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Keeping people safe at sea should be a priority for the tourist coast

Sea Rescue Centres for Phuket, Krabi, Phang Nga

Thursday, October 1, 2009
Today's Updating Report

SEA RESCUE centres are to be set up in Phuket, Phang Nga and Krabi as part of an effort to ''restore confidence among tourists and the image of tourism,'' the Thai News Agency reported today.

A budget of 18 million baht has been allocated for sea rescue centres in the three major Andaman tourism provinces, plus Ranong and Trang at a later date.

Local fishermen would be trained in appropriate rescue response techniques because they were often the first on the scene, the TNA report said.

The report quoted Phuket Disaster Prevention and Mitigation Centre chief Udomporn Karn as saying that the budget will also provide emergency aid kits for sea rescue within a five kilometre radius. Three speed boats would be part of the response.

The report said provision of the service ''will help restore confidence among visitors in handling natural disasters and accidents at sea as well as rebuilding the image of tourism in the Andaman coastal provinces.''

The sinking of the tourist dive boat Dive Asia 1 earlier this year involved the drowning of seven people, six of them from Europe and Japan.

Another 23 survivors were plucked from two liferaft, but only after they spent many hours floating in the sea within sight of Patong.

Eventually the survivors managed to signal to a fishing boat with a mirror, then used the fisherman's mobile telephone to call in their own rescue.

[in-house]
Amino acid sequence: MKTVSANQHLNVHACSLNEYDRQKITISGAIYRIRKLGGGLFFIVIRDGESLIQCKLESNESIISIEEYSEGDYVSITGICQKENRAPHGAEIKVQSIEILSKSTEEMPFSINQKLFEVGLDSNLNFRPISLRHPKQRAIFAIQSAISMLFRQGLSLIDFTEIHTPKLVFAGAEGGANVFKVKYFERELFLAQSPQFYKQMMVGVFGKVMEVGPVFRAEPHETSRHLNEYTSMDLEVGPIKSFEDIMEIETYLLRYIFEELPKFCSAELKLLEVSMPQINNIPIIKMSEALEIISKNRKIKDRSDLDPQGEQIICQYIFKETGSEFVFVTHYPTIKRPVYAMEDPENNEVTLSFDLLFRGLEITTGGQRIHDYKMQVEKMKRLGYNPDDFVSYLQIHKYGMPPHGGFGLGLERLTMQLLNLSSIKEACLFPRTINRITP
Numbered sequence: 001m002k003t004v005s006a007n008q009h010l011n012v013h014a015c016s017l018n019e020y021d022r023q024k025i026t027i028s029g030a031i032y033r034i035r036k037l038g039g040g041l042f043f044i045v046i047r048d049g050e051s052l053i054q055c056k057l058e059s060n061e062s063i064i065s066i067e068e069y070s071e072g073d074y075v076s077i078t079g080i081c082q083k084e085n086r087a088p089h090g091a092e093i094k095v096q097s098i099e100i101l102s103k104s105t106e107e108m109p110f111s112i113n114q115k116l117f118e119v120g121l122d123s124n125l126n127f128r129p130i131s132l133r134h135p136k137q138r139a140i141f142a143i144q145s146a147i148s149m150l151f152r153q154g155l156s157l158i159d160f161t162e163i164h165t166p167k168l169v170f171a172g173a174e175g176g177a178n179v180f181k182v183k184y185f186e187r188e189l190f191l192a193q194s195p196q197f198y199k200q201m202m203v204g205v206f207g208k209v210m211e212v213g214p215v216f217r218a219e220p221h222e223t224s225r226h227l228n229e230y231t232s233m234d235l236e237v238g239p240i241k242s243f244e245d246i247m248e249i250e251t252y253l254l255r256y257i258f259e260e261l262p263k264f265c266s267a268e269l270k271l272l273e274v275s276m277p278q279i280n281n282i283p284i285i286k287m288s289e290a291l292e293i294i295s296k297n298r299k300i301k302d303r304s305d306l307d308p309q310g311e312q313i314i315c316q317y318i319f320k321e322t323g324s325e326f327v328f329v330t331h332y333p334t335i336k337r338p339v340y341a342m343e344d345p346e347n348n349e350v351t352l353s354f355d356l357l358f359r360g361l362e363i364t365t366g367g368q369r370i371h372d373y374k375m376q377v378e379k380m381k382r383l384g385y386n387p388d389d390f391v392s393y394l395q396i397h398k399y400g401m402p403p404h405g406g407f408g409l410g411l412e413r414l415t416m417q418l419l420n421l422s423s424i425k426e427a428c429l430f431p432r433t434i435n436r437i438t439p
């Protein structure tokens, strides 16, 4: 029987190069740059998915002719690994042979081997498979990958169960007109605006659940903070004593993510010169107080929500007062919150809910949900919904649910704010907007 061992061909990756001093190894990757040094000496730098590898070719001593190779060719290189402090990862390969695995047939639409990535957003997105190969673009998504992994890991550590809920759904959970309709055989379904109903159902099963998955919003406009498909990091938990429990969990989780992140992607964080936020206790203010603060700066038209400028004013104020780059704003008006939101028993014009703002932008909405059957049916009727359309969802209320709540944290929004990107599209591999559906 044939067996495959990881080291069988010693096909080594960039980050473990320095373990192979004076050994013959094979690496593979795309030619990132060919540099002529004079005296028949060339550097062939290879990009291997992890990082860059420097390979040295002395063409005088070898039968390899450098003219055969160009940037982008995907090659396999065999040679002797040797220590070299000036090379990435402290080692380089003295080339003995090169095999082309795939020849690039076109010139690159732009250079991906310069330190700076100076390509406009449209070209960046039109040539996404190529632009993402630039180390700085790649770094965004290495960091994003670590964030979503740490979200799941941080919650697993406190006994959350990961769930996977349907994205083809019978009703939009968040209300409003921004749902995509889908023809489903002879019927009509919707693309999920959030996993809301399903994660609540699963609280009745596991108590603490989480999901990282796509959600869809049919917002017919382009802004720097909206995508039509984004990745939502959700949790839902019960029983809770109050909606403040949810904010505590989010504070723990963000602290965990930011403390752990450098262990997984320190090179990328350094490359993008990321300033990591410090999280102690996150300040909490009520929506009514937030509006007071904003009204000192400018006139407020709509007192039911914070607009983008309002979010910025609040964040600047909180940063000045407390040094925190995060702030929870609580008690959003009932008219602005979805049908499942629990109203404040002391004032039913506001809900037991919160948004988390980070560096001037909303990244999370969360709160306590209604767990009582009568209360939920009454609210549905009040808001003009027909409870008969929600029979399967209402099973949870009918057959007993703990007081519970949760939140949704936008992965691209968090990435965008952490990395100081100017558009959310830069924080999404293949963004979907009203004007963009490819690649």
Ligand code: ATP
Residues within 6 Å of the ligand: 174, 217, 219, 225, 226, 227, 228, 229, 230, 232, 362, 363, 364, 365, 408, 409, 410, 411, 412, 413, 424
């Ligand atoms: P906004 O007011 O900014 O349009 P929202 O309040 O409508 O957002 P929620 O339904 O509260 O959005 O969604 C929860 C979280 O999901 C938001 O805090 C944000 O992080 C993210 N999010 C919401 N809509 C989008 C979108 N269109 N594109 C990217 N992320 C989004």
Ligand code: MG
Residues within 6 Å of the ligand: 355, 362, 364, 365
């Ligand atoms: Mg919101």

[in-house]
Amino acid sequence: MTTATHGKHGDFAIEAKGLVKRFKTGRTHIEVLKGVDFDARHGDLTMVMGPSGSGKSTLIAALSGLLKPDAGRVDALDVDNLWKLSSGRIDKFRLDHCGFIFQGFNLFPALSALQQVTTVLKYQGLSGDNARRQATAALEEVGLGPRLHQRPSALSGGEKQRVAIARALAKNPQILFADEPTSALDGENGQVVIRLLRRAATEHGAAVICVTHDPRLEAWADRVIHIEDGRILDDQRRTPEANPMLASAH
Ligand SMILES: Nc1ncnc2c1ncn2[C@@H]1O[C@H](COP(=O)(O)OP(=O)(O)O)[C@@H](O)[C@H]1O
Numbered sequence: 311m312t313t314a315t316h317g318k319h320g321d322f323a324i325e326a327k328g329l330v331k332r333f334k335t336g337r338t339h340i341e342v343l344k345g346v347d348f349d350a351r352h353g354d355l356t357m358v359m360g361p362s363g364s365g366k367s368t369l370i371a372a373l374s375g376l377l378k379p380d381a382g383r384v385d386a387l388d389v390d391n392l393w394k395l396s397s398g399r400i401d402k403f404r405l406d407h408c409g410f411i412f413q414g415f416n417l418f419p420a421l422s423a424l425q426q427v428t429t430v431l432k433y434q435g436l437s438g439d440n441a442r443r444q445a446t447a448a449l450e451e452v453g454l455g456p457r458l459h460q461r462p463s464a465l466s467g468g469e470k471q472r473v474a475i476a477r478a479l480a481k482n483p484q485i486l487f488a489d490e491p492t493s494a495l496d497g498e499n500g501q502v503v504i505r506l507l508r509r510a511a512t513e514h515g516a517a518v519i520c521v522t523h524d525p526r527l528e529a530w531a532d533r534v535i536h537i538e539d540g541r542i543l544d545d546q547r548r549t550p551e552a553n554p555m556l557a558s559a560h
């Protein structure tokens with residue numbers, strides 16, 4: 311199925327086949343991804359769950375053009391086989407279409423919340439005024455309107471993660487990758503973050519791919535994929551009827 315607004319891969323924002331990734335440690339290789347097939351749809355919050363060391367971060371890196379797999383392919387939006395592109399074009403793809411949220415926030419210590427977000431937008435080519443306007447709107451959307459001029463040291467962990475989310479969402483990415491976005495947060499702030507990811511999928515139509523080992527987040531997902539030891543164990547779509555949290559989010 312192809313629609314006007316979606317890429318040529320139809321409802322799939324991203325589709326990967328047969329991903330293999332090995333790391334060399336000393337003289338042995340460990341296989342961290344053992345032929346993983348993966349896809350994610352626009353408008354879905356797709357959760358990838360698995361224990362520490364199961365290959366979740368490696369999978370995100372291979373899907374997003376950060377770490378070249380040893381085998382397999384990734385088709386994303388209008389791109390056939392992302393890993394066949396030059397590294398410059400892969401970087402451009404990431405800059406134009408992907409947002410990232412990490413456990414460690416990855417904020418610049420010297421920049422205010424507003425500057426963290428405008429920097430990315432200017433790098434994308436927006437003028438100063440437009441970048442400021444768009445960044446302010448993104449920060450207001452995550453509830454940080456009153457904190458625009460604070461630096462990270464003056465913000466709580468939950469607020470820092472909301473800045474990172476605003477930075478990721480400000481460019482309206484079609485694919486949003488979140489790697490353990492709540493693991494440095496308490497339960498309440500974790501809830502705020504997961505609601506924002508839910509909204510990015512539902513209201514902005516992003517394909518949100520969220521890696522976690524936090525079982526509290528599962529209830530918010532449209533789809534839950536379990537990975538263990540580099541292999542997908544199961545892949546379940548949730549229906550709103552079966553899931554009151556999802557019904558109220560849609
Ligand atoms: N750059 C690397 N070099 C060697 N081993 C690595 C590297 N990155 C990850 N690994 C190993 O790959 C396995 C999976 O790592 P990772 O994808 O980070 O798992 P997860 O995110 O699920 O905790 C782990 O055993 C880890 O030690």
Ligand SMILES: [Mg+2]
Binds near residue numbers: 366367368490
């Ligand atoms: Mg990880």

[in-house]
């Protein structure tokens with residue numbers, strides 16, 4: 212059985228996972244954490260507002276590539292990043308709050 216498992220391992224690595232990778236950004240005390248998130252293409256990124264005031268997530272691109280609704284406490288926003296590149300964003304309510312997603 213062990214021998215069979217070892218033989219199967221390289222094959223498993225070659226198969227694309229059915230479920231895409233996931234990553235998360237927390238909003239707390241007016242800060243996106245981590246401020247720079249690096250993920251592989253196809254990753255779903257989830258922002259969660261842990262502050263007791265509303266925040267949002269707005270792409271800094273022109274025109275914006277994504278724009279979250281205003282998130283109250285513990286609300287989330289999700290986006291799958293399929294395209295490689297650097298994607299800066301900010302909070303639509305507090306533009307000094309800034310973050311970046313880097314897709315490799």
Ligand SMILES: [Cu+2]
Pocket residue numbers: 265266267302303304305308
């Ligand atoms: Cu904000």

Many questions still remain unanswered. Why did a relatively new ''live-aboard'' vessel sink in a sudden squall, without receiving a weather warning, or apparently even without the time to send an SOS?

Why was no aircraft sent to search for the survivors, once authorities knew the vessel was missing?

An aircraft would have found the liferaft speedily, within an hour or so at the most.

If the weather had been more severe, the lives of the survivors could have been at risk. Instead, they bobbed at sea for hours in bright weather, just off Patong, until they organised their own rescue.
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Comments have been disabled for this article.


A sea rescue center is a commendable project. But surely there are more important priorities?

In the case of the Dive Asia 1 incident, I doubt whether the presence of a sea rescue center would have reduced the number of fatalities - those that succumbed apparently died within minutes of the sinking.

Would this funding not be better used to provide trained, fill-time salaried lifeguards at all popular beaches, with rescue jetskis and boards, watch towers and radios etc? Such a visual presence on the beaches would boost tourist confidence far more.

I think there would even be enough money to employ secuirty patrols to keep the beaches clear of jetski scammers and hawkers....

Posted by Simon Luttrell on October 2, 2009 10:46


There are too many Rescue Operation Centers in Phuket with little budget and no coordination between them.
- Phuket Marine Police has 3 operating boats in Phuket at Rassada Pier but not enough money for training properly the staff and to pay the diesel expenses; so they are at port day after day.
- Marine National Park Division at Sarasin Bridge has it own rescue operation center but no budget for training and boat maintenance.
- Phuket Or Bor Tor has set up a rescue operation center at Chalong pier but the 2 speed boats they have are good for private party but are useless for a real sea rescue operation.
In fact, Phuket need a professional Rescue Operation Center with sea-going boats able to go by the sea in all weathers day and night but such boat cost a lot of money and will need true trained sailors in rescue operations with monthly trainings to be able to be efficient 14/24hr and all year round.
It is better to have one large rescue operation center who knows than 10 small operation centers which do not know.

Posted by Whistle-Blower on October 2, 2009 12:49

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